Effect of Laramide Structures on the Regional Distribution of Tight-Gas Sandstone Reservoirs in the Upper Mesaverde Group, Uinta Basin, Utah
New, basin-scale sequence stratigraphic correlation, syntectonic unconformity mapping and isopach maps indicate multi-phase uplift and development of the San Rafael Swell (SRS) that resulted in partitioning of the Uinta basin during deposition of upper Mesaverde Group (UMG). Such partitioning could have implications for tight-gas sand production in the Uinta basin, Utah. Sequence-stratigraphic correlation of 100 well logs, 20 stratigraphic profiles and 10 outcrop-based gamma ray profiles define four, 3rd order (~3 My duration) depositional sequences within the dominantly fluvial Upper Cretaceous Mesaverde Group in the Uinta basin, Utah. The correlation was constructed using a combination of fluvial facies and stacking patterns, chert-pebble conglomerates that mark periods of longer residence time, and tidally influenced strata that mark flooding surfaces. These surfaces were extrapolated into subsurface by matching outcrop-based GR profiles with those in the subsurface. Locally, Sequences 1 (oldest) and 4 (youngest) are entirely truncated across the SRS, whereas sequences 2 and 3 thin towards the SRS. The cycles of truncation and onlap within the sequences represent at least 4 phases of SRS uplift. Local thickening of syntectonic depositional sequences on the northeast side of the SRS, and thinning towards the west of Natural Buttes area suggests sediment ponding on the northeast side of the SRS during times of uplift on the structure. Isopach maps show another thinning trend west of Natural Buttes area that continues further south to Book Cliffs possibly caused by an incipient Laramide-style uplift. Paleocurrents are consistent with the interpretation of periodic segmentation and deflection of sedimentation. Regional paleocurrents are generally E-NE-directed in Sequences 1-2, and N-directed in Sequences 3-4. Locally, paleocurrents are highly variable near the SRS further suggesting the UMG basin-fill was partitioned by the uplift of the SRS. In conclusion, we suggest that the Uinta basin was episodically partitioned into several local depo-zones during the deposition of UMG due to the multi-phase uplift of Laramide-style structures in the basin. Understanding the affect of SRS uplift on the development of depositional sequences and basin-scale facies distribution will aid prediction of the best-producing gas reservoirs.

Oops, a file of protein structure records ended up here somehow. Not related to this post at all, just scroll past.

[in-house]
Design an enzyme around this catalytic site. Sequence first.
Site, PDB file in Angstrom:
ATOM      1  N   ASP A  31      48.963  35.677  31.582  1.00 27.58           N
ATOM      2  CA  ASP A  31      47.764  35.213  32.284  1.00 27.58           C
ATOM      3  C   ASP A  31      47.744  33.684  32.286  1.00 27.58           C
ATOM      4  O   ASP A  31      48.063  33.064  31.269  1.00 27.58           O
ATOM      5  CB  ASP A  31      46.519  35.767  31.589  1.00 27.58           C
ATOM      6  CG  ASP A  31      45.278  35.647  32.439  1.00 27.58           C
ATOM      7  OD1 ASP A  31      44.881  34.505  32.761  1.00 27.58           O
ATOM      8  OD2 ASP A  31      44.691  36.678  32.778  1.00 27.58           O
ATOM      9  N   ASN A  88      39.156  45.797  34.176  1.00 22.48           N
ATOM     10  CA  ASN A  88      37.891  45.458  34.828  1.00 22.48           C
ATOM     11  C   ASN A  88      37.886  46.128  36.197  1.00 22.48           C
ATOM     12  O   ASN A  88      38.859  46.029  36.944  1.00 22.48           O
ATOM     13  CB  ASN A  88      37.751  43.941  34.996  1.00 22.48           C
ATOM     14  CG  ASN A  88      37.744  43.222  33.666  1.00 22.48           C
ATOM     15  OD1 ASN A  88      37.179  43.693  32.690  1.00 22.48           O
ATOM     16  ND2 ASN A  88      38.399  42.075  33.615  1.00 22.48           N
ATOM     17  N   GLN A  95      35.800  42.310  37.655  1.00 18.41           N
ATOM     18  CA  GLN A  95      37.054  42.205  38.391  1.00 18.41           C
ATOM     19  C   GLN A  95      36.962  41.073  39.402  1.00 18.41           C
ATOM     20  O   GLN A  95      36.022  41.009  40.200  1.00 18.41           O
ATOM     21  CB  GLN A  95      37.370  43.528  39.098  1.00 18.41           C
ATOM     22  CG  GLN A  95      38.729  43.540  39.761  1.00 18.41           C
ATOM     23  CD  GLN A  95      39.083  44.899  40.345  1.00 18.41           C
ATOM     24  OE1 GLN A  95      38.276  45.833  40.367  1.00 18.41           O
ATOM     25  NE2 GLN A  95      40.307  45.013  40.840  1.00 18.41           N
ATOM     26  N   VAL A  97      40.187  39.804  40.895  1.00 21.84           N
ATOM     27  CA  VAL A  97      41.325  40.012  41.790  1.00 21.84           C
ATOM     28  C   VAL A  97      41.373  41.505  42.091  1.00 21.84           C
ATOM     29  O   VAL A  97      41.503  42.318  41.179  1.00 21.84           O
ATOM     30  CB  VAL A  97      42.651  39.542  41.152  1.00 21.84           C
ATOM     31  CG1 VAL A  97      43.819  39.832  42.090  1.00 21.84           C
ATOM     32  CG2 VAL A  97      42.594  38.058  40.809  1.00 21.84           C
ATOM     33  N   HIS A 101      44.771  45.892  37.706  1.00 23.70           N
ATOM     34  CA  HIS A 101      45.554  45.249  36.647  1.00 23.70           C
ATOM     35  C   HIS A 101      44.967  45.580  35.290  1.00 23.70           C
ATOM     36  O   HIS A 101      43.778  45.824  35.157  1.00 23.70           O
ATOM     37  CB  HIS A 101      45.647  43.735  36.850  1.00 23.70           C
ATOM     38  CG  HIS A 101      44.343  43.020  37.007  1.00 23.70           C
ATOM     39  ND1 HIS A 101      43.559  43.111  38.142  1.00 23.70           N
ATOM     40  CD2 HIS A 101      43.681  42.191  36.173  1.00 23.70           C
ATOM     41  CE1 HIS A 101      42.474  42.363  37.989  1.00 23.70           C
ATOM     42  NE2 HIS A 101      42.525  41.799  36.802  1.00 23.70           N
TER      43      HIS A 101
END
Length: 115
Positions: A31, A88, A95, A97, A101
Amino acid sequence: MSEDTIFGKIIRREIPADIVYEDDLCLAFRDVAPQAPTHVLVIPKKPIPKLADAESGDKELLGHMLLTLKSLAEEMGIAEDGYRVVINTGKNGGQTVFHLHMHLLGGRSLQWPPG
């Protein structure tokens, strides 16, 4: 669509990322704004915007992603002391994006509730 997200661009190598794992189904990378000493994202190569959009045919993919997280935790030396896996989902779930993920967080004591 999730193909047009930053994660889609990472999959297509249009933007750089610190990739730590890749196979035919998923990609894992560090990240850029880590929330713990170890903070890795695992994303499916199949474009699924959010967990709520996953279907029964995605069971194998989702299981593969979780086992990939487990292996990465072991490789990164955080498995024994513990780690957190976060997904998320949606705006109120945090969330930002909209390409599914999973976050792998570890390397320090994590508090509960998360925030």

AAPG Search and Discovery Article #90142 © 2012 AAPG Annual Convention and Exhibition, April 22-25, 2012, Long Beach, California